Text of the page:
Old-Fashioned Meets High-Tech in Liberia

January 1, 2014
  • Cindy McWhorter
  • Author
Liberia training with Nurses and Midwives (photo by Cindy McWhorter)

This January, Global Strategies, alongside the nurses and midwives at Star of the Sea Health Center, began a community-based mother and newborn care program in the West Point neighborhood of Monrovia, Liberia. The project is a unique and innovative approach to reducing newborn mortality in an area suffering from one of the highest neonatal mortality rates in the world. Working with the incredible Liberian team, Global Strategies trained nurses, midwives and doctors not only what to do when a sick baby arrives, but how to proactively identify babies who may become sick. The program is a combination of old-fashioned and high-tech approaches---house calls with iPad minis.

Throughout the month, Global Strategies Field Clinicians trained 22 midwives and nurses how to resuscitate newborns, perform examinations and conduct risk assessments. The nurses then used what they had learned to not only treat babies born in the hospital, but to identify at-risk babies born at home. During the home visits, they record their findings with an offline survey tool that guides them through the evaluation of common risk factors--What is the babies' gestational age? Is the baby breastfeeding well? etc. When they return to the clinic, they synchronize the iPad minis with the help of a mobile wifi hotspot purchased by Global Strategies. Looking at all of the data, the clinic supervisor can efficiently advise the nurses in their management and follow up plans. Taking the longer view, Global Strategies helps the Liberian team analyze the data to identify community trends and gauge the project progress in real-time. This knowledge will better equip Global Strategies and our partners to implement interventions that are effective and appropriate to this densely populated and unique neighborhood.

Research has shown that home visits conducted by community healthcare workers are cost-effective interventions that reduce infant and newborn mortality. The Lancet Neonatal Survival Series emph asizes the importance of these visits, stating, “ Early success in averting neonatal deaths is possible in settings with high mortality and weak health systems th rough outreach and family-community care, including health education to improve home-care practices, to create demand for skilled care, a nd to improve care seeking.”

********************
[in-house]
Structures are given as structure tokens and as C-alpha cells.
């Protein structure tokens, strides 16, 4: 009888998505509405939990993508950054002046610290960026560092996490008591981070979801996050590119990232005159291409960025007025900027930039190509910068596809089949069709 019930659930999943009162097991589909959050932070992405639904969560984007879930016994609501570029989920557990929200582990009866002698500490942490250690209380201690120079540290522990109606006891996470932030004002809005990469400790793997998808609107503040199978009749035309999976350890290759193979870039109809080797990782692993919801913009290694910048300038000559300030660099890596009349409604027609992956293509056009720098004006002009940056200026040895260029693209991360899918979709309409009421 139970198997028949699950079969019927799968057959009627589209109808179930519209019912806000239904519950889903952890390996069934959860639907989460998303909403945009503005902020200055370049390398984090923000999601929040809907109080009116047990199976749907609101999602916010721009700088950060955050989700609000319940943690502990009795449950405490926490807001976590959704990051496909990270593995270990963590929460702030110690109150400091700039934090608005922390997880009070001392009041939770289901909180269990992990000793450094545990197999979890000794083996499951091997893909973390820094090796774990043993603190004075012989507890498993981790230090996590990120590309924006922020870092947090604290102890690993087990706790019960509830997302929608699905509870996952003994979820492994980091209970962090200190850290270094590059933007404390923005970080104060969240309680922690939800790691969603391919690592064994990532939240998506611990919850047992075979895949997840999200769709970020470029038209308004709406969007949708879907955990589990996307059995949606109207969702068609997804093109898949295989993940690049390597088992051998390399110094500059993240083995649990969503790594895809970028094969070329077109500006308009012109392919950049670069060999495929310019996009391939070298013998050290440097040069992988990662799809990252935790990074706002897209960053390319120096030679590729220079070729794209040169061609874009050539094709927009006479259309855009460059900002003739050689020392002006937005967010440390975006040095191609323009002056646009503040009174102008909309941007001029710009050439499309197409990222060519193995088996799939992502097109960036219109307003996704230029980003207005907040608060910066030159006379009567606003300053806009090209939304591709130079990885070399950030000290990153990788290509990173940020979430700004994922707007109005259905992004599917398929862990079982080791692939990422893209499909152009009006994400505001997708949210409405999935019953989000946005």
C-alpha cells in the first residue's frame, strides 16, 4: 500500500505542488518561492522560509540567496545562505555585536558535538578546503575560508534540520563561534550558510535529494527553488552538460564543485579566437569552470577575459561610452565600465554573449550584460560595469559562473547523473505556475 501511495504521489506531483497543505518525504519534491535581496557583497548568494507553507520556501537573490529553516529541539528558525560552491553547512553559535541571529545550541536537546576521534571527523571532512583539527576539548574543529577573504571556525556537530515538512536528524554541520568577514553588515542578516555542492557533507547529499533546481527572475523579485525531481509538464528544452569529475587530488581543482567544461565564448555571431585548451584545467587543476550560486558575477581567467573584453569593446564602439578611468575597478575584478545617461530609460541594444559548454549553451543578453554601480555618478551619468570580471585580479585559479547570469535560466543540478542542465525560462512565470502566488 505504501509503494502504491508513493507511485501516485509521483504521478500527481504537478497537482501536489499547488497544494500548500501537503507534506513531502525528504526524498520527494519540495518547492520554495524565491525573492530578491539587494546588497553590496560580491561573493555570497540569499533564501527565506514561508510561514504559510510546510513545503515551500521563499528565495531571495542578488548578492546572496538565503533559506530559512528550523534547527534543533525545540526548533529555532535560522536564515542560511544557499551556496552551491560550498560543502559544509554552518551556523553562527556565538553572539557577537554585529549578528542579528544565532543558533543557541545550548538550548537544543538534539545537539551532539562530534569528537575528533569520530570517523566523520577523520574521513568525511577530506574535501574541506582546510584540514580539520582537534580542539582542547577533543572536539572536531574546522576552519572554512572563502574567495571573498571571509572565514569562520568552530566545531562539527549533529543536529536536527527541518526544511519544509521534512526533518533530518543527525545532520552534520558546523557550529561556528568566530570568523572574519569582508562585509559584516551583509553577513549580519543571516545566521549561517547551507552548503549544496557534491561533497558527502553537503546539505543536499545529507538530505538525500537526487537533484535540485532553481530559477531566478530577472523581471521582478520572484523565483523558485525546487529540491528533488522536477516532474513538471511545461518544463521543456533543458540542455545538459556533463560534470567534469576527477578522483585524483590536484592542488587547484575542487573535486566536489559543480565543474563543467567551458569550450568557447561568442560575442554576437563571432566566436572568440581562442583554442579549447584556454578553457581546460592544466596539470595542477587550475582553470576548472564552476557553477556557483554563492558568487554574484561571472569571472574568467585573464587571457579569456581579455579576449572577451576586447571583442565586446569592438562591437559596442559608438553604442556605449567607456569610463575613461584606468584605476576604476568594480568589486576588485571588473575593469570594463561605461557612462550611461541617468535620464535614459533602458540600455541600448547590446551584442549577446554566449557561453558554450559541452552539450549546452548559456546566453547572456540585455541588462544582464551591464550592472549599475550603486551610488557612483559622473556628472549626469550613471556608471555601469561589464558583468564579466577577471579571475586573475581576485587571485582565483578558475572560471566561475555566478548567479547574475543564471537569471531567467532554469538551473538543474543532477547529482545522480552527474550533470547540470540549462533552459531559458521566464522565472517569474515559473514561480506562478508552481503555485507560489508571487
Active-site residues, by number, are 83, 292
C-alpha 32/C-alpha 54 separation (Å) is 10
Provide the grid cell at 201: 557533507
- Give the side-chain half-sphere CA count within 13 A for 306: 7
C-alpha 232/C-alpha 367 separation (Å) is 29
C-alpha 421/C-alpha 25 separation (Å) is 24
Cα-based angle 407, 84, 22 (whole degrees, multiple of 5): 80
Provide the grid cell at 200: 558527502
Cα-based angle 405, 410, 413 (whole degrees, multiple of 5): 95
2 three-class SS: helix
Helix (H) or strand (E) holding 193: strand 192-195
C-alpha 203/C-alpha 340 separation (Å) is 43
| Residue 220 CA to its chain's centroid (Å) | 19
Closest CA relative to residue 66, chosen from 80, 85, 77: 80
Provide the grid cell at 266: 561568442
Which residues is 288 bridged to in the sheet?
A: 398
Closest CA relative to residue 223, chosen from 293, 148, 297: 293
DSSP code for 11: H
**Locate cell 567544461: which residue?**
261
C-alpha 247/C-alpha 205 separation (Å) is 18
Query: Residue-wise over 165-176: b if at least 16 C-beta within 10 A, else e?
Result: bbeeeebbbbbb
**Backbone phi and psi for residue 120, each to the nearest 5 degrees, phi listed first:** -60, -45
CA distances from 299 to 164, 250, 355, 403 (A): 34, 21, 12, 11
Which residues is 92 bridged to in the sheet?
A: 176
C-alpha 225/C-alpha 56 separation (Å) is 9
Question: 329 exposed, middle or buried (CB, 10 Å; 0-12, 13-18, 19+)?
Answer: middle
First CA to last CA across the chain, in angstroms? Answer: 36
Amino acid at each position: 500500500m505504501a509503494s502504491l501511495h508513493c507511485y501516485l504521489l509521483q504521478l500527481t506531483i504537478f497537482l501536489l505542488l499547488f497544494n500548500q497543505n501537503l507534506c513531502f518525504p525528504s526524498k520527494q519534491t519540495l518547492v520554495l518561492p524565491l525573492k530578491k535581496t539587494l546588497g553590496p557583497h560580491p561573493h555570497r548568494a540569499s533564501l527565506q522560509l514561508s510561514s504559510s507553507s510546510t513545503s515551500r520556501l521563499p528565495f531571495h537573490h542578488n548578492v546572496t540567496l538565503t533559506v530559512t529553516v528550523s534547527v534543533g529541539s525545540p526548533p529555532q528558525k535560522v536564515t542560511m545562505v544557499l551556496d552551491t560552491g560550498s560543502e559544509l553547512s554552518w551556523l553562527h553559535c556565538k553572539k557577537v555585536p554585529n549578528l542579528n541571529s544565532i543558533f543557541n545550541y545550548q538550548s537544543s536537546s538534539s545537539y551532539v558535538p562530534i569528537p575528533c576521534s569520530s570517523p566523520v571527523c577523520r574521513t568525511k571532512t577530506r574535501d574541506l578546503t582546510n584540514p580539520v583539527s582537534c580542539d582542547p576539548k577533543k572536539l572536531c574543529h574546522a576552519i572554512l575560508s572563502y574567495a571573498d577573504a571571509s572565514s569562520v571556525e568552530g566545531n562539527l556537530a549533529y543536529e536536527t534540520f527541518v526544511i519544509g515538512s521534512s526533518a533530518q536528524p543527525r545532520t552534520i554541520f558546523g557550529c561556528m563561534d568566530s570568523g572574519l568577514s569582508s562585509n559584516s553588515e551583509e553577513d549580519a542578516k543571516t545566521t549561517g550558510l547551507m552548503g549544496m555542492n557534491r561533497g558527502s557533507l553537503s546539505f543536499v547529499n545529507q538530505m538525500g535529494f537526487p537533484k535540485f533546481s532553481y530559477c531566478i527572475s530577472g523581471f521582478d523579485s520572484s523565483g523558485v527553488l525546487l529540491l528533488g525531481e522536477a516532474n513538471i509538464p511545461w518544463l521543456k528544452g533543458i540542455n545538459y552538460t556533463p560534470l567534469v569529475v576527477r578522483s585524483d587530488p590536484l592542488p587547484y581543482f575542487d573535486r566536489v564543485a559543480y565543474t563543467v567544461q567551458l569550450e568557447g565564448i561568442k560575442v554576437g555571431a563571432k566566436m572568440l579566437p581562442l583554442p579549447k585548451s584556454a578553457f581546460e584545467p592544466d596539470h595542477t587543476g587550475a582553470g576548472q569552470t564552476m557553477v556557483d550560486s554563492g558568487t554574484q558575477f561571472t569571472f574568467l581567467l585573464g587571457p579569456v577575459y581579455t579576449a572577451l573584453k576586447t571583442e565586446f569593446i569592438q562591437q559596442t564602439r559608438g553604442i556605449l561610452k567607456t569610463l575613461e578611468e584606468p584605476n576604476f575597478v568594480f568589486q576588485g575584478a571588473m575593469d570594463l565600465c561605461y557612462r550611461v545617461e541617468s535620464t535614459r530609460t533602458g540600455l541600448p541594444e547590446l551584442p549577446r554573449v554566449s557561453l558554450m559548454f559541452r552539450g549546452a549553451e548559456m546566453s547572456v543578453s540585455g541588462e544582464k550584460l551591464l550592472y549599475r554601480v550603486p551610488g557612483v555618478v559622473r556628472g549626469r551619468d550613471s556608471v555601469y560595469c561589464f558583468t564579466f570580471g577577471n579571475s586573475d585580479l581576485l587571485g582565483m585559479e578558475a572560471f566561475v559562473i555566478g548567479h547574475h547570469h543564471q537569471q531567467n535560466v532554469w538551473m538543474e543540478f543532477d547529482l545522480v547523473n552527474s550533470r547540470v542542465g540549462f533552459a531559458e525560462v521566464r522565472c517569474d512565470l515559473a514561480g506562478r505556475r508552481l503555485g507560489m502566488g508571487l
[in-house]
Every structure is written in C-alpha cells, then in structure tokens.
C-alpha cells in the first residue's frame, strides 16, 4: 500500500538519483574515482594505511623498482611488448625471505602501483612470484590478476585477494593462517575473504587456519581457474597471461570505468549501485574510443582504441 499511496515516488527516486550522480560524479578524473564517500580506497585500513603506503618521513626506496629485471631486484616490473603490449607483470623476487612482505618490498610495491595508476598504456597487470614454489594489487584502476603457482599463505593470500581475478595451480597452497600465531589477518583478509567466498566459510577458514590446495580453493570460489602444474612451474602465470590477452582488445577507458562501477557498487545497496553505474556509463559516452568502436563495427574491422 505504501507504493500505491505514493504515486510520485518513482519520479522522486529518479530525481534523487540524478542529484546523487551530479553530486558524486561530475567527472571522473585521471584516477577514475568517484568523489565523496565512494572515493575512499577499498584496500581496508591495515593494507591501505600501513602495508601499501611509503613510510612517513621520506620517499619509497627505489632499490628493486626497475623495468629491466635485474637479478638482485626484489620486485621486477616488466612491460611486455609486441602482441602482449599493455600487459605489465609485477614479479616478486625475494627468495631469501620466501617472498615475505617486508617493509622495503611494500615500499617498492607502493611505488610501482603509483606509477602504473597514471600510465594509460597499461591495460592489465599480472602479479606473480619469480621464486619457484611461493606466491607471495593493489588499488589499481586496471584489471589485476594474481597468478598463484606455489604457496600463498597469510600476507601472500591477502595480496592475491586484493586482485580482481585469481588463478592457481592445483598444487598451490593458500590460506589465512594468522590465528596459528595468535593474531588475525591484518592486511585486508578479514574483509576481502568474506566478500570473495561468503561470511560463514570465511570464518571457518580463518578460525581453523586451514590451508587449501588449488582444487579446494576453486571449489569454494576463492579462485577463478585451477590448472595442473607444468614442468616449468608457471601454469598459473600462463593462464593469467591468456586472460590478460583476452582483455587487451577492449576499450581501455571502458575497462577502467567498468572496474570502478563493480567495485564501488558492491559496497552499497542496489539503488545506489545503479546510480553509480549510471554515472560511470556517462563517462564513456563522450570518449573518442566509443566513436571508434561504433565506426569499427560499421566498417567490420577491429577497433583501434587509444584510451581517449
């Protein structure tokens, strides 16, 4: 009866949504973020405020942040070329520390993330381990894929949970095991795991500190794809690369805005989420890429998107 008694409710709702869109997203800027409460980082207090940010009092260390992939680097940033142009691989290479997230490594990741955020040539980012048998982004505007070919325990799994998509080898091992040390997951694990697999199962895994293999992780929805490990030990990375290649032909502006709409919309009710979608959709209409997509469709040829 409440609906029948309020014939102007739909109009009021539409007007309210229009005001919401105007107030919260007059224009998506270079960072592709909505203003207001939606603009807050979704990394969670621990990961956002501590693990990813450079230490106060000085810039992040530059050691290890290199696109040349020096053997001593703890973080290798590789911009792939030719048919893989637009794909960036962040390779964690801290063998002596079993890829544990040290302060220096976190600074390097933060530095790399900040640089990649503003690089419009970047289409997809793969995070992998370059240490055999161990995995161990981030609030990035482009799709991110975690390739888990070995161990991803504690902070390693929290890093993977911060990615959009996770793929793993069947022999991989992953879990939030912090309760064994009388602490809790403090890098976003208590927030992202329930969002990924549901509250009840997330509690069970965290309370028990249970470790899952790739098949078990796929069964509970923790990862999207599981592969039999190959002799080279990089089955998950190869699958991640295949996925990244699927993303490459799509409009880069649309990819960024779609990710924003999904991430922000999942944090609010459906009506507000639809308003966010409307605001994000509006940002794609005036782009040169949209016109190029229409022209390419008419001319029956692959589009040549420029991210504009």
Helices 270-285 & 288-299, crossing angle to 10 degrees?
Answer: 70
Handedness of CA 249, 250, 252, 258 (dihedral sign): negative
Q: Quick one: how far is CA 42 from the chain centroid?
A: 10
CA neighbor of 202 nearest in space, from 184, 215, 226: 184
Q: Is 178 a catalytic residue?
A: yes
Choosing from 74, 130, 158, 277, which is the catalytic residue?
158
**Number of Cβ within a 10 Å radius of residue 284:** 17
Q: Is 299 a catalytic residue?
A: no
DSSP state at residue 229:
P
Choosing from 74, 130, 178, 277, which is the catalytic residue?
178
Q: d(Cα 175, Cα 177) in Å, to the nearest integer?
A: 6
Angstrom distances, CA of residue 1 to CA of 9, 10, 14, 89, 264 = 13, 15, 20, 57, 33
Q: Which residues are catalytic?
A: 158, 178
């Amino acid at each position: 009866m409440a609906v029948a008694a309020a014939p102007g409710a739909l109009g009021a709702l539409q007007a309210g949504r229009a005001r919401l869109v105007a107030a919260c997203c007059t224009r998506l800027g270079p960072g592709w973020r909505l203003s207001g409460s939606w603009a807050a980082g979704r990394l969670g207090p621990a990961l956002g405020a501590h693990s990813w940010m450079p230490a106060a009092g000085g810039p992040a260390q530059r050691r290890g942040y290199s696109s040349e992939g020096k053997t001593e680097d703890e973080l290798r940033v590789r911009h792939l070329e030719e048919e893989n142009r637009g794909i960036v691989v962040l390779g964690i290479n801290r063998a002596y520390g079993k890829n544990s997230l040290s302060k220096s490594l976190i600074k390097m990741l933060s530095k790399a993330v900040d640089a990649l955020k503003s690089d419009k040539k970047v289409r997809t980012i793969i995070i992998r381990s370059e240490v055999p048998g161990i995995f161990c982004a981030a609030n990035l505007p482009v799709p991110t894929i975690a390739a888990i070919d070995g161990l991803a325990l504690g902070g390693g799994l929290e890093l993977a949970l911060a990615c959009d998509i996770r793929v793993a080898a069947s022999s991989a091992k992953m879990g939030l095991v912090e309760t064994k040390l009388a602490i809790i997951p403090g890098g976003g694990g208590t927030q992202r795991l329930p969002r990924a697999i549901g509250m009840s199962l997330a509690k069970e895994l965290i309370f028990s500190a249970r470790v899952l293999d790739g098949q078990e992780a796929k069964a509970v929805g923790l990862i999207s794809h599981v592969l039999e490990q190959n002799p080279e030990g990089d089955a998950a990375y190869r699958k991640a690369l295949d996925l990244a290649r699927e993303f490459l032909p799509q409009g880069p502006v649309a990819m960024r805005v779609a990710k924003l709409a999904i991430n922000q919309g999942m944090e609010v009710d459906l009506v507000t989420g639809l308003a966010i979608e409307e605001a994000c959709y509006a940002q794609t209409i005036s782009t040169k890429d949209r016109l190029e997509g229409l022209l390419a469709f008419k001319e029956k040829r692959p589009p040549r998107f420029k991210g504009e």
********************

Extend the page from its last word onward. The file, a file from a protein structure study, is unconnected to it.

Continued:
The nurses and midwives at Star of the Sea Health Center are crucial to the success of Global Strategies’ Liberia program because they are trusted members of the West Point community and are warmly welcomed into the homes of new mothers. Cindy McWhorter, Director of International Programs for Global Strategies, saw firsthand the effectiveness of home visits. She recalls, “When people spotted us at a neighbor’s home, they were eager for us to examine their babies as well.” She remembers a discussion with one midwife, Fatu. After a Global Strategies volunteer mentioned how much the people seemed to love the nurses and midwives, “Fatu said that if the people know they are loved, they are more apt to come to the clinic to deliver and vaccinate their babies.”

Star of the Sea Nurses and Midwives (photo by Jean Armas)

Global Strategies looks forward to continuing its work with the Star of the Sea Health Center and the members of the West Point community as we partner with Liberian healthcare workers to save newborn lives.

Global Strategies gives us a lot of equipment and teaching materials to train us on how to better care for our patients.
Momo Kasma Jasmine, Neonatal Nurse at HEAL Africa

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